3rd FrenchBIC summer school on methods for studying metals in biology: october 2nd-7th 2022
in Carry le Rouet & Marseille.
This summer school will provide training for young researchers, young assistant professors, engineers and technicians, PhD students and post doctoral researchers. 40 people will attend. This number is small, in order to favour the interactions between the participants and the teachers (who will be staying for the entire duration of the school), and to run practical sessions in 8 groups of 5 participants. The generosity of our sponsors has allowed us to offer low registration fees (which include accommodation, all meals and transportation between Carry le Rouet and Marseille). You are entitled free registration and travel if you are paid by CNRS (irrespective of whether you are permanent researcher, technical staff, PhD student or postdoctoral researcher). To attend, the first step consists in applying using the form below. The organization committee will then select the successful candidates and let them know. In a second step, the selected participants will have to register and pay for this, unless their fees are covered by the CNRS.
Arrival: Sunday 2nd, afternoon (2pm bus from the Saint-Charles train station in Marseille to Carry le Rouet), 1st lecture at 6pm. Departure by bus from Carry to Marseille Saint-Charles on Friday 7th, after breakfast.Programme_MetBio
Lectures (two days), in Carry le Rouet:
- Metals in biology: Clotilde Policar, ENS Paris, F
- Fundamentals of coordination chemistry, applications to biological systems: Frédéric Banse, Paris Orsay, F
- NMR: Sabine Hediger. CEA Grenoble, F
- EPR: Maxie Roessler, Imperial College London, UK
- Vibrationnal spectroscopy : Smilja Todorovic, ITQB, Lisbon, P
- XR crystallography : Elsa Garcin, AMU, Marseille, F
- CryoEM : Petra Wendler, Postdam, G
- X-Ray absorption: Serena DeBeer, MPI, Mulheim, G
- Electrochemistry: Christophe Léger, CNRS, Marseille, F
- Theoretical chemistry (DFT/MD): Jochen Blumberger, UCL, London, UK
- “In cell” spectroscopy: Geneviève Blondin, CEA, Grenoble, F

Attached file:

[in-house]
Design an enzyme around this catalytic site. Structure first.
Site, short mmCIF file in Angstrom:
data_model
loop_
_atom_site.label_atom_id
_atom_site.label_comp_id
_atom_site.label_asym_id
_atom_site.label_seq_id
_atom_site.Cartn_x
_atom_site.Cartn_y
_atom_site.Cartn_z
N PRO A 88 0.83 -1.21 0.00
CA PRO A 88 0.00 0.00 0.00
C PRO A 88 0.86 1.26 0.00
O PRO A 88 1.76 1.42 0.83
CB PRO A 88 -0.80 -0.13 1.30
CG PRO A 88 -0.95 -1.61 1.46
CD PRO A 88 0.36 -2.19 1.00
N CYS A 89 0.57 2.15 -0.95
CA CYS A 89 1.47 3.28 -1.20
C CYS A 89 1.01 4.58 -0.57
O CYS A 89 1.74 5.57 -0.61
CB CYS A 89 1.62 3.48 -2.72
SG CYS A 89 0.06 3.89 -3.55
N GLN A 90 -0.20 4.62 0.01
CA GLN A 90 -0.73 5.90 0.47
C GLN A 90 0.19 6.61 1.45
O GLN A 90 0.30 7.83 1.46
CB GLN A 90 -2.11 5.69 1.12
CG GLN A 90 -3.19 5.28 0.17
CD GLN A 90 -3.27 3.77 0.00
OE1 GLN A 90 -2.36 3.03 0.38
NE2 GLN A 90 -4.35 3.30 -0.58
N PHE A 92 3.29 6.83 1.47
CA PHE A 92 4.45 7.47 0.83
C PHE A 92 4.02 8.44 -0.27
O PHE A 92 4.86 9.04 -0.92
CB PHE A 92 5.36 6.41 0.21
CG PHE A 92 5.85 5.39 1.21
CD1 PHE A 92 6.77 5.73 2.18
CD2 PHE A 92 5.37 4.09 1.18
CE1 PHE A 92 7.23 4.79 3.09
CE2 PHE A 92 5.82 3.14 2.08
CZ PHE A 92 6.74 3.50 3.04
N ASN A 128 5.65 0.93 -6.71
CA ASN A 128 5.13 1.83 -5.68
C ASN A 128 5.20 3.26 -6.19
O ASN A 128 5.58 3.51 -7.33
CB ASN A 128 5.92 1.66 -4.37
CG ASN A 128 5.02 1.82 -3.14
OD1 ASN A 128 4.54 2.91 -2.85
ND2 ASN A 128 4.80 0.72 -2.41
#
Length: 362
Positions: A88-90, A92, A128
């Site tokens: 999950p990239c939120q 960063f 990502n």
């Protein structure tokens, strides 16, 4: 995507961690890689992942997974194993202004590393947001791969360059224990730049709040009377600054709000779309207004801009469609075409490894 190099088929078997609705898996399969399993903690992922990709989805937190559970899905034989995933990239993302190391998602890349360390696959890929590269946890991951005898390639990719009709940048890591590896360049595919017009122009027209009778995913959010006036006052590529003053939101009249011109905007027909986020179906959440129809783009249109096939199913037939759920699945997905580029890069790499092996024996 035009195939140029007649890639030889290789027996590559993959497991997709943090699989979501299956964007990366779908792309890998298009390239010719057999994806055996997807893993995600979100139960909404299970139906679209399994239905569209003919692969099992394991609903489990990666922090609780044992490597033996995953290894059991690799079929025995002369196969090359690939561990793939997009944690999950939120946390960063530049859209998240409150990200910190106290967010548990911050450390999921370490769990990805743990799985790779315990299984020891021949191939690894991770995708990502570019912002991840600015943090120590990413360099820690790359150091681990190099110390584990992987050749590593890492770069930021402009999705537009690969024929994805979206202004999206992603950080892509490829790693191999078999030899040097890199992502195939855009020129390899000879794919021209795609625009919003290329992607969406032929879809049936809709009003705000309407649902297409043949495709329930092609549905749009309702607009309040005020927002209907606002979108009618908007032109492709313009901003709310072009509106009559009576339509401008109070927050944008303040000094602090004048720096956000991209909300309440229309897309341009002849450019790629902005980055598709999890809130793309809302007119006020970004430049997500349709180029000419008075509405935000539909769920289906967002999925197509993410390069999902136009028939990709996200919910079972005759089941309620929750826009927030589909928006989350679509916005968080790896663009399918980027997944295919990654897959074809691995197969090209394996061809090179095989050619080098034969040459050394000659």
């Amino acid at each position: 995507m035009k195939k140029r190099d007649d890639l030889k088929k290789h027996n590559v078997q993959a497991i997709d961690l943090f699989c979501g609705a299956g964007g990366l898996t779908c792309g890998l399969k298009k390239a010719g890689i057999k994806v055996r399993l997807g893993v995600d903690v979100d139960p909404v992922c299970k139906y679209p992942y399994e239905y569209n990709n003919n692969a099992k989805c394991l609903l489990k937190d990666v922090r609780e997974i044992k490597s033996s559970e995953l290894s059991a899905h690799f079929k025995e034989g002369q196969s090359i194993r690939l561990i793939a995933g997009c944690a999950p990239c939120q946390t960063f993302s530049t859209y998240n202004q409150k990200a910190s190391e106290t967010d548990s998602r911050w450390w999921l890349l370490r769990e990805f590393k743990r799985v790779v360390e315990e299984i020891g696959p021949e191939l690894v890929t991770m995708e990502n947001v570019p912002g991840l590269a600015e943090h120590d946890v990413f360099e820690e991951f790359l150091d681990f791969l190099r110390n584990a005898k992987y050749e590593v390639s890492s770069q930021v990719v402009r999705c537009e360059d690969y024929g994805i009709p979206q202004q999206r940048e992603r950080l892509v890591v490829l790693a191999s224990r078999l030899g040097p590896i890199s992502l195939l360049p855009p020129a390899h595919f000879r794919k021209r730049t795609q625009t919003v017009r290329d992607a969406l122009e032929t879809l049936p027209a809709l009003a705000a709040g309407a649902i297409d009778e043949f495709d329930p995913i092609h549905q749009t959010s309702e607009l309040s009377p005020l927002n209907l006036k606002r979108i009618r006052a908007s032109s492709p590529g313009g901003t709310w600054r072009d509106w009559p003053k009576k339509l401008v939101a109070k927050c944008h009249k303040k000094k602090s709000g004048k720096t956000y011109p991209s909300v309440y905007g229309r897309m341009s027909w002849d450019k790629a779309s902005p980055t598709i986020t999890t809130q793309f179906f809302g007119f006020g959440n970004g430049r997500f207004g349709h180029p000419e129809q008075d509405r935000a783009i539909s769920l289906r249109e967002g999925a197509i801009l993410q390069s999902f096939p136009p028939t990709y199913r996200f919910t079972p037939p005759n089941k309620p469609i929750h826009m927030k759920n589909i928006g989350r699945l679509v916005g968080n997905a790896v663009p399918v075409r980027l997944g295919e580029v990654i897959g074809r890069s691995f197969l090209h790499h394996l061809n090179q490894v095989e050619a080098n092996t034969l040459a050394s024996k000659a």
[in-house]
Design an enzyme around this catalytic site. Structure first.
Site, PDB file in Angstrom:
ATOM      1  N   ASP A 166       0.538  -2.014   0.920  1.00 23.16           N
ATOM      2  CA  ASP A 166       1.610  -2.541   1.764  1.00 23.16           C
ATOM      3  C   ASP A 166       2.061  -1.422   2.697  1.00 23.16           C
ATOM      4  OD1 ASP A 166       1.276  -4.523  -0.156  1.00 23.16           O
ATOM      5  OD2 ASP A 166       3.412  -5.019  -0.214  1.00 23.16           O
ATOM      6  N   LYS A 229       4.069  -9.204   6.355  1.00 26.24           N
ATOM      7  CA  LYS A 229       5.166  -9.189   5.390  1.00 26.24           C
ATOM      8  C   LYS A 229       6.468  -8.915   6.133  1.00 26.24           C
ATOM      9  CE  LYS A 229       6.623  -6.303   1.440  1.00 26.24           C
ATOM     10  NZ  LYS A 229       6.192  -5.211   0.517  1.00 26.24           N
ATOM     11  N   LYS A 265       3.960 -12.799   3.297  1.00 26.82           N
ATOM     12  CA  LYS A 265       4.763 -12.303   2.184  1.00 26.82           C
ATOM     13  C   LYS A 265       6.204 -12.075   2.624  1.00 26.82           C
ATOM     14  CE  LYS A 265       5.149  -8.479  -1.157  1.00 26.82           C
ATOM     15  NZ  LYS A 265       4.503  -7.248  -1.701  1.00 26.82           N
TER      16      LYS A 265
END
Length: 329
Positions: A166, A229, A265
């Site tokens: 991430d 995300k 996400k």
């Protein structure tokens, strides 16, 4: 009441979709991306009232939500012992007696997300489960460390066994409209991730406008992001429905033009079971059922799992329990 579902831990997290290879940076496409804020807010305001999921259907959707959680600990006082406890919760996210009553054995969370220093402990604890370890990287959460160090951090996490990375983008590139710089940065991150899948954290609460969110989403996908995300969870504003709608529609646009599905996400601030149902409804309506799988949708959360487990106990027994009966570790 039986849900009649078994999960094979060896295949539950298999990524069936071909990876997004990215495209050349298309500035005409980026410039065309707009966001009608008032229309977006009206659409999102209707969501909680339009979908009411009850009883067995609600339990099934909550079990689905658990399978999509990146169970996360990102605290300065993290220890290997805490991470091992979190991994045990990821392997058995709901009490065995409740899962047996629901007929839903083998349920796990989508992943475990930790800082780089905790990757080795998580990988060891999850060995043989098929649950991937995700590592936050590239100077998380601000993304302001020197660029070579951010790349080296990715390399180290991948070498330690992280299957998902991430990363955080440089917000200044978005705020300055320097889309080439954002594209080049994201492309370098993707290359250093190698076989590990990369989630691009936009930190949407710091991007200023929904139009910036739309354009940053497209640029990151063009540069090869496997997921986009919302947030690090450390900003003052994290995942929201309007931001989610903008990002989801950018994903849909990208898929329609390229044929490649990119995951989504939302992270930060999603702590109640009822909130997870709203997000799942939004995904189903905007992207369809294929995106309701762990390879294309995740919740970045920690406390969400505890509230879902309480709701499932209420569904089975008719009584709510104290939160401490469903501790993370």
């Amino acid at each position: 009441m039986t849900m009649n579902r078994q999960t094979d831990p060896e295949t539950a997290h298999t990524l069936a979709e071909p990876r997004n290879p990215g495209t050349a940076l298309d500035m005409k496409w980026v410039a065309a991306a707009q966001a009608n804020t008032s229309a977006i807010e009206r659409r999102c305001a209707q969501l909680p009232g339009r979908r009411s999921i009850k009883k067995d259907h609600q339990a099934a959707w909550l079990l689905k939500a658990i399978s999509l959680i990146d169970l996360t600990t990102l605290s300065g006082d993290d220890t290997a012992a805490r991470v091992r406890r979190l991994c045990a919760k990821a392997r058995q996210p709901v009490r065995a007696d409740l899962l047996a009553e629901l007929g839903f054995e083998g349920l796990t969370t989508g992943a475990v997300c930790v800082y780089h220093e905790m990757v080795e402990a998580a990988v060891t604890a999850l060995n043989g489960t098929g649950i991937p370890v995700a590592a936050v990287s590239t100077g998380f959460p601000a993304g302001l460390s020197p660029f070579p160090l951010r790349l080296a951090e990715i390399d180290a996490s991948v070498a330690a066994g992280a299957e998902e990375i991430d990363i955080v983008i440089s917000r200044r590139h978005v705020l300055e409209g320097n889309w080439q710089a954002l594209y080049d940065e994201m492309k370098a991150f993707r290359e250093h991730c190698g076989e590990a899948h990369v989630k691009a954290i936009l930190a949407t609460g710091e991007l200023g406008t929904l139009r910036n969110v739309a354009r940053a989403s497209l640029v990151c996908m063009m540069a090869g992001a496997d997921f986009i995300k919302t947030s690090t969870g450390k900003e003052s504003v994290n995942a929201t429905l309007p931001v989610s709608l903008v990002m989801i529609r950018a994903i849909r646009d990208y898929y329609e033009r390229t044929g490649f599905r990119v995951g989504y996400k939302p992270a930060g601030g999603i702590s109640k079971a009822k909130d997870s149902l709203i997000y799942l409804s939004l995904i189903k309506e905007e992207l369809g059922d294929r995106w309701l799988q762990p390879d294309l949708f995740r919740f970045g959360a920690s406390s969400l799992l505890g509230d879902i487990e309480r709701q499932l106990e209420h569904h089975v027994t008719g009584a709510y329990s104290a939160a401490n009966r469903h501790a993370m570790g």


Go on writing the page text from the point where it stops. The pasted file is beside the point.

- Fast kinetics: Jalila Simaan, CNRS/AMU, F, and Vincent Fourmond (CNRS/AMU)
Four practicals (half a day each), in Marseille:
- NMR, Hélène Launay, Mehdi Yemloul, CNRS, Marseille.
- EPR, Emilien Etienne, Frédéric Biaso, Sylvain Bertaina, Olivier Pilone, AMU, Marseille.
- Electrochemistry. Vincent Fourmond & Christophe Léger, CNRS, Marseille.
- One to choose in this list (the organization committee will try to follow the applicants’ requests)
- Phylogeny: Frauke Baymann, CNRS, Marseille. The goal is to understand the function of redox enzymes by analyzing their sequences and structures from an evolutionary perspective, recognize building blocks and structural motifs, link specificity and selectivity of catalyzed reactions to the evolutionary history of the enzyme, the parent organism and it’s geochemical environment. The practical may be adapted to the systems that the participants would like to discuss in particular.
- DFT, Maylis Orio, CNRS/AMU, Marseille. The students will learn how to perform quantum chemical calculations on simple systems relevant to bio-inorganic chemistry (radicals and transitions metal complexes). They will be taught how to optimize a structure and determine its energy minimum. They will be shown how electrons are distributed within the systems and how to translate this information into a molecular orbital diagram. Last but not least, they will be introduced to optical spectroscopy through the theoretical prediction of IR and UV-vis spectra.
- Stopped flow, Jalila Simaan, CNRS, Marseille. The goal of this practical is to get familiar with a stopped-flow apparatus and see possible applications in the field of bioinorganic chemistry with selected exemples (enzyme kinetics, intermediate trapping, electron transfers). The practical will include both experimental aspects (manipulation of the machine) and data treatment steps.
- X-Ray crystallography and structure predictions (alphafold), Christophe Decroos, Elsa Garcin, CNRS/AMU, Marseille. The first part of this practical will be focused on informations that can be found in the Protein Data Bank (structure coordinates, density maps, etc…) to gain more insights into critical structure analysis. Students will then run through the initial steps of structure resolution using molecular replacement from data collected at the synchrotron. This will allow students to better understand how a structure model is built from experimental data. Finally, students will use AlphaFold to predict structures of (putative) metalloenzymes / metalloproteins. Examples of structure prediction using AlphaFold may be adapted to enzymes / proteins of personnal interest for the students.